Did you attend Barcamp Nashville? Did we meet there? What did you think of it?
This was my second Barcamp, the first having been a wonderful (if sweaty) adventure at Exit/In which I extensively live-blogged for Music City Bloggers. (Doesn’t that make it seem like a long time ago?) This time around, the air was quite a bit cooler and the crowd a lot denser, but the spirit was much the same. Maybe it’s just me, though, but I think the Nashville tech community is growing up some. For all the complaints I hear about how there’s too much fracturing amongst the different networking groups (Nashville Technology Council, Digital Nashville, Nashville Geek Breakfast, and of course Barcamp Nashville, to name but a few) and not enough involvement from the people who need to be involved, I can’t say I haven’t seen improvements.
For one thing, J. Tod Fetherling, the new president of the Nashville Technology Council, was on hand to solicit feedback from the audience at his session on what NTC can do — and these may be my words — to be more relevant to the innovative types epitomized by Barcamp attendees, and the new media and interactive crowd, and how to help position Nashville as a tech center. Sure, it remains to be seen whether NTC puts into practice any of the ideas that came from today’s session, but no one can claim that the NTC wasn’t involved. And honestly, I thought it was a great discussion.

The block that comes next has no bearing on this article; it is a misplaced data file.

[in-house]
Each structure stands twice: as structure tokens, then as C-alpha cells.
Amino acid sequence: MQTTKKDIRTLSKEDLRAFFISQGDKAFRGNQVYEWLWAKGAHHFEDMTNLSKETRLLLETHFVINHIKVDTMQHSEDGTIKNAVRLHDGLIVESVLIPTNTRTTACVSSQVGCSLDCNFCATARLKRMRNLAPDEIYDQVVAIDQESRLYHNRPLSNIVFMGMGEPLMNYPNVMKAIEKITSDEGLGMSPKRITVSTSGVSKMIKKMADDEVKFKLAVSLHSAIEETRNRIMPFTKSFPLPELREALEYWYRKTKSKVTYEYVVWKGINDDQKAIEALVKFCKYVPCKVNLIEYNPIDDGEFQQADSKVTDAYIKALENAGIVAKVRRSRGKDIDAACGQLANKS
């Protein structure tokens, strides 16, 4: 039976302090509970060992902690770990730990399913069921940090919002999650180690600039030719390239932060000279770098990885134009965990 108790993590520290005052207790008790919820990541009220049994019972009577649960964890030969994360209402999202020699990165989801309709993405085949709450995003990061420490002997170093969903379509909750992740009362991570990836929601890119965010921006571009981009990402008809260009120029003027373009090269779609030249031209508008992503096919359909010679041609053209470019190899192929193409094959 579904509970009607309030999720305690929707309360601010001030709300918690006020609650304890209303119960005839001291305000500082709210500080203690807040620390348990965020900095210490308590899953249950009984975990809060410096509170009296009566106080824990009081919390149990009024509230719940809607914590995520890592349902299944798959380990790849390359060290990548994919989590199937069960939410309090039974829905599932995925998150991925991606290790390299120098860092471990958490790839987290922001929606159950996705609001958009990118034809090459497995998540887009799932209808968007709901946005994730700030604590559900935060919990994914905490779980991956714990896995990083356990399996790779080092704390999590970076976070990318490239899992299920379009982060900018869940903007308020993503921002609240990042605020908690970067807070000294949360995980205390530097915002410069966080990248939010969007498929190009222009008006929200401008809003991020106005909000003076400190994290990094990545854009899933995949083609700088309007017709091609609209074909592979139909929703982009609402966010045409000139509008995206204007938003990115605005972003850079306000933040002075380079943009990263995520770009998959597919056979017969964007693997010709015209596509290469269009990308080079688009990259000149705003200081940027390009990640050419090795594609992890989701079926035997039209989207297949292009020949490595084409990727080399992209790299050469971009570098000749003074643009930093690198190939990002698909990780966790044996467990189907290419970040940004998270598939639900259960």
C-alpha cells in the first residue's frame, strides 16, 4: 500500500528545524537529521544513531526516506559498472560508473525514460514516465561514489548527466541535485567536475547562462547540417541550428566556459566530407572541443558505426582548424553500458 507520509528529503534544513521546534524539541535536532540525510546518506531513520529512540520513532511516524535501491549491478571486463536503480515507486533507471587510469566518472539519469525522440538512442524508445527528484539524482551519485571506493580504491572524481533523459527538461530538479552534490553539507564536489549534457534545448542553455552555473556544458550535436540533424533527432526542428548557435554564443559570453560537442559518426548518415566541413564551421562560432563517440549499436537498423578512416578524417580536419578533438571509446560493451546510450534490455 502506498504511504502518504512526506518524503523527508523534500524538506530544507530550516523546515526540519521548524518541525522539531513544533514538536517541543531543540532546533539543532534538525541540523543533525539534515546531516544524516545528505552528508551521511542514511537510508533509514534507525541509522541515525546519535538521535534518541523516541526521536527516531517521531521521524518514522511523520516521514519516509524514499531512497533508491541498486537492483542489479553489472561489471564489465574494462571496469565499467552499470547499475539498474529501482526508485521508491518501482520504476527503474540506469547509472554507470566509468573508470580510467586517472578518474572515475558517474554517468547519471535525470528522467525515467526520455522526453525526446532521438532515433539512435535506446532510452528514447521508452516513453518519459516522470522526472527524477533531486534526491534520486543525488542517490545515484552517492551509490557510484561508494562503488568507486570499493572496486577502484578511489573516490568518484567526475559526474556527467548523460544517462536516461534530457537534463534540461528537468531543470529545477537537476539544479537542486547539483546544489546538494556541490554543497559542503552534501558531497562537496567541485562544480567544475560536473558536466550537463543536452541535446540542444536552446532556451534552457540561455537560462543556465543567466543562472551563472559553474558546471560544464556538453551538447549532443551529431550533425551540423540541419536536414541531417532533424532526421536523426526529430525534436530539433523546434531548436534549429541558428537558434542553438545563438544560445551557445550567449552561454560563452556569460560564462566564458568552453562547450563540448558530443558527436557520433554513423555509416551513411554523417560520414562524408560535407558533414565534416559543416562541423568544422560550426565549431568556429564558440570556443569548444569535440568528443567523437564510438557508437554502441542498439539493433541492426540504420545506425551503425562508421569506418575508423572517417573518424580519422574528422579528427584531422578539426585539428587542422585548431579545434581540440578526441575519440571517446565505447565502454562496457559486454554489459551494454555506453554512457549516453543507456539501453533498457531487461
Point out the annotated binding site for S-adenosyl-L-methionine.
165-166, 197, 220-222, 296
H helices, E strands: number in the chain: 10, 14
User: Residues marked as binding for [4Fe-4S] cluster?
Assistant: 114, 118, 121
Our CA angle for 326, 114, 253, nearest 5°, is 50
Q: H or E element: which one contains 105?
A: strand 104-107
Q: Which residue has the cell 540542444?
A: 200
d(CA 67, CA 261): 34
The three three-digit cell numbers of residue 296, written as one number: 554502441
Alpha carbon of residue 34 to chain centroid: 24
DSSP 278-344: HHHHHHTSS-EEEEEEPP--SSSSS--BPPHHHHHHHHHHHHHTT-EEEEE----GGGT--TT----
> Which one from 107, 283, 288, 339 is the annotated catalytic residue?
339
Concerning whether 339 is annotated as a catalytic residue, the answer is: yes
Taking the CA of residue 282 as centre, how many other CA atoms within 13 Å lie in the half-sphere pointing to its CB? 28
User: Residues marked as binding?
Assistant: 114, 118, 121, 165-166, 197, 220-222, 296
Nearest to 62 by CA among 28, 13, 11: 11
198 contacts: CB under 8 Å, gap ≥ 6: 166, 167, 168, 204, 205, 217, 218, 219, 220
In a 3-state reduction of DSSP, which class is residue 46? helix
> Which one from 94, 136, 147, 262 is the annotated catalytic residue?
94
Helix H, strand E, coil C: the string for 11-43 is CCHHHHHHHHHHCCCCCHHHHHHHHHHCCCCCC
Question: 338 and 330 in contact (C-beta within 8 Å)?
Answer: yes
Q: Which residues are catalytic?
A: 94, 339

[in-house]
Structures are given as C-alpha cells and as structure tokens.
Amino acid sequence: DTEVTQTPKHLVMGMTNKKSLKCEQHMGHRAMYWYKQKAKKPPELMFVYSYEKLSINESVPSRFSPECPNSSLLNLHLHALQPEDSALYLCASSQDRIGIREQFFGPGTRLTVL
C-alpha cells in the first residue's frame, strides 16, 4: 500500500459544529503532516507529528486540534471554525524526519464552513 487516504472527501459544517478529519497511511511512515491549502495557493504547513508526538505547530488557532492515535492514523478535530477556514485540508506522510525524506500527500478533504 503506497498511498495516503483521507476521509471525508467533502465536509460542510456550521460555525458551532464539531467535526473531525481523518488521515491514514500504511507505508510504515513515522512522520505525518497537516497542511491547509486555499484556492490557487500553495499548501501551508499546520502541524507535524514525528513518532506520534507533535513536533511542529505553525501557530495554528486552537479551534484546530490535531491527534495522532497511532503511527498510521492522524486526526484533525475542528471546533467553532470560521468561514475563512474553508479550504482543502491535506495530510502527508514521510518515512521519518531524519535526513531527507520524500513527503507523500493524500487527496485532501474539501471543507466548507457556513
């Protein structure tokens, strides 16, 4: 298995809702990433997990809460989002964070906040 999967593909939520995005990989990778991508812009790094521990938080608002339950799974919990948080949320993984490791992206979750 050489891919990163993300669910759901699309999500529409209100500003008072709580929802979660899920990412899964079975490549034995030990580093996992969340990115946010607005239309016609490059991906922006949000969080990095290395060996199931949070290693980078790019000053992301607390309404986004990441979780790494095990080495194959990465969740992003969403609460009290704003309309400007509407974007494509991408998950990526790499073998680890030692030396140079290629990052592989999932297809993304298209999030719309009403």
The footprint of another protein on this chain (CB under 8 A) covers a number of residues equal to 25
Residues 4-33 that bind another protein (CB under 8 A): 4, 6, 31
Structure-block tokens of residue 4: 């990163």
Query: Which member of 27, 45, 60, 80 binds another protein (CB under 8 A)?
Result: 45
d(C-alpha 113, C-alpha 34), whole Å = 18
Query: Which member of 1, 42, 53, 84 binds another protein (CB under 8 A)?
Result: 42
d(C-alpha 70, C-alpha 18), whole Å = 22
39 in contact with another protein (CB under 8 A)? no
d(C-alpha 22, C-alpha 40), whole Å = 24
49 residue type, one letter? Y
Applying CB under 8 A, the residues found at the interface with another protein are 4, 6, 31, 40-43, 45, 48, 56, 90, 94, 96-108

Nor can anyone claim that the Nashville Chamber of Commerce wasn’t involved — they sponsored a panel on getting funded as a startup business, and from the sound of it, were planning to use some of the audience feedback to improve planning for a web-based entrepreneurial resource guide that would be invaluable.
The panel I sat on, on women in technology, was a great and humbling experience, filled as it was with wisdom from some amazing women I have immense respect for.
And it’s just plain fun to attend these things: getting to see the dozens and dozens of familiar faces from all the other networking groups (not to mention Twitter, Facebook, LinkedIn, and so on); meeting dozens of new people with interesting ideas and opportunities; thinking about ways to build out these relationships and come back next year with more stories to tell and lessons learned.
Which, not to get all Jerry Springer here, but is clearly what it’s about. The potential for bigger and better things, both for us each as individual participants and for Nashville’s tech community as a whole.
Well, that and beer.